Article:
He had his own reason to do what he was doing.  “How would I survive if I am not working”, was his first response. He went on. “I am also responsible for looking after my family.” The boy had a difficult childhood. His father was a drunkard and died in penury. “I ran away from home I am working as a conductor for the past six months now. If everything goes well and my luck favors me, I will be working as a driver abroad in future,” he shared with them his past and future plans.

I remember bumping into him two years after that.  He had his hair colored. He looked more confident and friendly while talking to other conductors of his age or less.  ‘Where do you stay?’, I asked. He told me that he used to sleep in a bus- where he would be vulnerable to numerous disturbances but now he could afford a room where he could sleep in peace. I asked him if he was enjoying his job. He said he was because, he was making Rs 500 per day- five times more than what he had been a couple years earlier.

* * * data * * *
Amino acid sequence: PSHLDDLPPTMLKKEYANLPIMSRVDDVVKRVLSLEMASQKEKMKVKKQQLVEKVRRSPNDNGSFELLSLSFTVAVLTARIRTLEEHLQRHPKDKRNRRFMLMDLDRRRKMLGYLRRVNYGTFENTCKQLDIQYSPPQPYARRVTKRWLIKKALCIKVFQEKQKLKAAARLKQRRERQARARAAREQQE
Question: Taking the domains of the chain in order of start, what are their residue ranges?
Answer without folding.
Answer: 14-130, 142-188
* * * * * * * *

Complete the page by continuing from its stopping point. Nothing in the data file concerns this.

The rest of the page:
I asked him how he feels when he sees children of his age working as conductors “I feel proud of myself. They still need their parent lap to sit, but I am the breadwinner of my house.”   It was now his turn to ask me questions. ‘How much you earn’? I was a bit confused about how to respond to it, but he continued with his version. “Maybe I am earning more than +2 pass students can. The traffic police laugh at me when I say I am eighteen, and hopefully, within 6 months my voice will change and they may take it as more convincing proof of my age.”

A 22-year-old started his career as a conductor 6 years ago in the small, blue colored vans. Within three months, he shifted to a white Zambo that ran along the narrow streets in the valley, that would raise his earning to Rs 500 per day. He then tried to learn more about vehicles and driving.  The government was mulling the idea of prescribing minimum academic qualification---class ten--- to apply for the driving license.